Everyone Thinks They Can Teach

They say, “Those who don’t do, teach.” What a smack across the faces of real, distinguished teachers everywhere who work hard to do something that everyone takes for granted. You can even see society taking teachers for granted through their saddening paychecks. For some reason, teachers get put on the back burner in regards to thinking of “respectable” jobs. In fact, musingsonlifeandlove did a wonderful article on what this means, as shown below. The link to the article is here, if you want to view it through there.

Teachers don't have to be underappreciated.  (photo by ishouldbesleepingbut)

Teachers don’t have to be underappreciated.
(photo by ishouldbesleepingbut)

I used to be a molecular biologist. I spent my days culturing viruses. Sometimes, my experiments would fail miserably, and I’d swear to myself in frustration. Acquaintances would ask how my work was going. I’d explain how I was having a difficult time cloning this one gene. I couldn’t seem to figure out the exact recipe to use for my cloning cocktail.

Acquaintances would sigh sympathetically. And they’d say, “I know you’ll figure it out. I have faith in you.”

And then, they’d tilt their heads in a show of respect for my skills….

Today, I’m a high school teacher. I spend my days culturing teenagers. Sometimes, my students get disruptive, and I swear to myself in frustration. Acquaintances ask me how my work is going. I explain how I’m having a difficult time with a certain kid. I can’t seem to get him to pay attention in class.

Acquaintances smirk knowingly. And they say, “well, have you tried making it fun for the kids? That’s how you get through to them, you know?”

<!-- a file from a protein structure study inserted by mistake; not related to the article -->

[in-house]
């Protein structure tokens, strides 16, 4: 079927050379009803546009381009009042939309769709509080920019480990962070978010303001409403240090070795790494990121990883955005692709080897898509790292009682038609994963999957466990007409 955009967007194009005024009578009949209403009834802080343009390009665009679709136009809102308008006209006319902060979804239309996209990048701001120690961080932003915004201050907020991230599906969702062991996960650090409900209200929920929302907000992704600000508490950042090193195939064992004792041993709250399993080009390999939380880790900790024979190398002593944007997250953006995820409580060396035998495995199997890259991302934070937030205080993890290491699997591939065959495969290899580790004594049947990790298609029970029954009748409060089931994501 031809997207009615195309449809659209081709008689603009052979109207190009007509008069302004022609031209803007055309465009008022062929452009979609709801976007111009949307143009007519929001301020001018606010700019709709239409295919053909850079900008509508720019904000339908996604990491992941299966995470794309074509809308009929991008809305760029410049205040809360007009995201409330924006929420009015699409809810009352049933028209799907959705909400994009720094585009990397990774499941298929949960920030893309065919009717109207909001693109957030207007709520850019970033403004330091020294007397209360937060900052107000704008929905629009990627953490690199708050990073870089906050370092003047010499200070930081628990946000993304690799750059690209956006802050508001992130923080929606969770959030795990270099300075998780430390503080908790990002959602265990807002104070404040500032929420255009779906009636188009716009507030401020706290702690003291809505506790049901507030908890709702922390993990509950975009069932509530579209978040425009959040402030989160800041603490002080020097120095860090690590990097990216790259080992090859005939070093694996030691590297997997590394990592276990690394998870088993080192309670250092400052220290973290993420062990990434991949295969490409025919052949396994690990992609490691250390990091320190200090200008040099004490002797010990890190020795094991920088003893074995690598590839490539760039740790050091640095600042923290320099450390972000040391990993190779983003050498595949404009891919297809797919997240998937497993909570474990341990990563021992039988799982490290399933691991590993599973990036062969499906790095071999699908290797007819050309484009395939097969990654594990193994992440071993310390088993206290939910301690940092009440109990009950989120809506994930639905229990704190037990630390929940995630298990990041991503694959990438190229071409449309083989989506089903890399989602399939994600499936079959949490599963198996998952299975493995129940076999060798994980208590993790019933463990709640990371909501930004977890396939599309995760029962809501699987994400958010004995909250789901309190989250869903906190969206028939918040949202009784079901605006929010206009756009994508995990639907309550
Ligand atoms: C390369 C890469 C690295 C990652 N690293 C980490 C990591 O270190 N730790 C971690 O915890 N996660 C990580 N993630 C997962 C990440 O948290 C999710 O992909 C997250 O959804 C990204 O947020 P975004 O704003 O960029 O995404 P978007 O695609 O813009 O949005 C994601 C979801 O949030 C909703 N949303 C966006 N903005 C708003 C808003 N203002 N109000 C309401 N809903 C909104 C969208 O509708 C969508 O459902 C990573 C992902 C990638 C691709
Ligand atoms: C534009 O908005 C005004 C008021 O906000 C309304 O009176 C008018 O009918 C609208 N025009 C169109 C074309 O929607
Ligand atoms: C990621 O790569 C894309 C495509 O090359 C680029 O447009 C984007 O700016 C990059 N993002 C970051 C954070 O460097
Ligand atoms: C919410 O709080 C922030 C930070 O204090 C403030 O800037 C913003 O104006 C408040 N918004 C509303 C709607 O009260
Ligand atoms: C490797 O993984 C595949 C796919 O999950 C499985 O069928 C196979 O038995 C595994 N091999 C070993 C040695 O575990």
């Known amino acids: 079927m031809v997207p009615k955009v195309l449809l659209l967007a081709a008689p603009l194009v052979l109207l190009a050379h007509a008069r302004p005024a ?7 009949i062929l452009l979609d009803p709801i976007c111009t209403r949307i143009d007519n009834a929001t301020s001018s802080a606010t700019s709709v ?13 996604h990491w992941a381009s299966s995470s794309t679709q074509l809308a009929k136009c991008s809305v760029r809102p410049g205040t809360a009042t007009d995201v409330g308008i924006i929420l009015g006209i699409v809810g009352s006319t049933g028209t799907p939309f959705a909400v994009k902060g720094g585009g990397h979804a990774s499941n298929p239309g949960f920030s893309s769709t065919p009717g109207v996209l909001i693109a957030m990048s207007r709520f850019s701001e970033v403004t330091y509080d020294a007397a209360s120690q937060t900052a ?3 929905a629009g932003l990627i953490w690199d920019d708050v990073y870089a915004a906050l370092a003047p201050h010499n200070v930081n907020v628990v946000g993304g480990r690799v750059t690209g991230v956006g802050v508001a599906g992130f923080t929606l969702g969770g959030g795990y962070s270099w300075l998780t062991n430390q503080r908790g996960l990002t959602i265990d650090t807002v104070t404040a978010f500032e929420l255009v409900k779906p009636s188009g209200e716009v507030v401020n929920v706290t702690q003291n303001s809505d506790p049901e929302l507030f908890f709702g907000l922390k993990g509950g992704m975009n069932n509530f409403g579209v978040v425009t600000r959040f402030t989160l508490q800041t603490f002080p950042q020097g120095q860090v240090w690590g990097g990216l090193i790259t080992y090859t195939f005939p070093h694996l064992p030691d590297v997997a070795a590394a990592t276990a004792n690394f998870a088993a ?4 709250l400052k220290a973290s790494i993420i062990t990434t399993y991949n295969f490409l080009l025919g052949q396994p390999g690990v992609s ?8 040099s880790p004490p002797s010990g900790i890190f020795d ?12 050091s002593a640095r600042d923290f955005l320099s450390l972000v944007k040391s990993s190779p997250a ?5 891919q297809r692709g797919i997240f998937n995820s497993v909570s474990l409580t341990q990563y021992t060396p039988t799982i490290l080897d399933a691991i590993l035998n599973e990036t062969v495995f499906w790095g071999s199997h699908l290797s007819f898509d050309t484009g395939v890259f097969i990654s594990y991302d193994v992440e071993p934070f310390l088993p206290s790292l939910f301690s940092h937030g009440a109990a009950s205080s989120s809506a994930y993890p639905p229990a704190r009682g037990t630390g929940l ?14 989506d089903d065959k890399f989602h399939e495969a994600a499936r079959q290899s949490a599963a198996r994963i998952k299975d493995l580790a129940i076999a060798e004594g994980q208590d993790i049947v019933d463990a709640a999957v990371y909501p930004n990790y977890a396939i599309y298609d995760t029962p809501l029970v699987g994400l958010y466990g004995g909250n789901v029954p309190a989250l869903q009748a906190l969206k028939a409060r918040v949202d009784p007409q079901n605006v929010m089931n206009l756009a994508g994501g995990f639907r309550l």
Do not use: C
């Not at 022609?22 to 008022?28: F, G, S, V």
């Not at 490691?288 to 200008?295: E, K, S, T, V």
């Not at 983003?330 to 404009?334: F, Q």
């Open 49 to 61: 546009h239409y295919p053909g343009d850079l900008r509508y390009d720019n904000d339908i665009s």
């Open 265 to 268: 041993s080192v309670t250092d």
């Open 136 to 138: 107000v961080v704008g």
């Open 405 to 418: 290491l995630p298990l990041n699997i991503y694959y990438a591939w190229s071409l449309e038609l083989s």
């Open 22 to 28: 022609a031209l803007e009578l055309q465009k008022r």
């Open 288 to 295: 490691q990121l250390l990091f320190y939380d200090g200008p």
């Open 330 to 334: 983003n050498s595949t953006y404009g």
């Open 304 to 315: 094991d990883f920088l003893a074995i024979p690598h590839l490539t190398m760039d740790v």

And then, they explain to me how I should do my job….

I realize now how little respect teachers get. Teaching is the toughest job everyone who’s never done it thinks they can do. I admit, I was guilty of these delusions myself. When I decided to make the switch from “doing” science to “teaching” science, I found out that I had to go back to school to get a teaching credential.

“What the f—?!?,” I screamed to any friends willing to put up with my griping. “I have a Ph.D.! Why do I need to go back to get a lousy teaching credential?!?”

I was baffled. How could I, with my advanced degree in biology, not be qualified to teach biology?!

Well, those school administrators were a stubborn bunch. I simply couldn’t get a job without a credential. And so, I begrudgingly enrolled in a secondary teaching credential program.

And boy, were my eyes opened. I understand now.

Teaching isn’t just “making it fun” for the kids. Teaching isn’t just academic content.

Teaching is understanding how the human brain processes information and preparing lessons with this understanding in mind.

Teaching is simultaneously instilling in a child the belief that she can accomplish anything she wants while admonishing her for producing shoddy work.

Stay tuned for part two of this article! I could not have said the words better myself!

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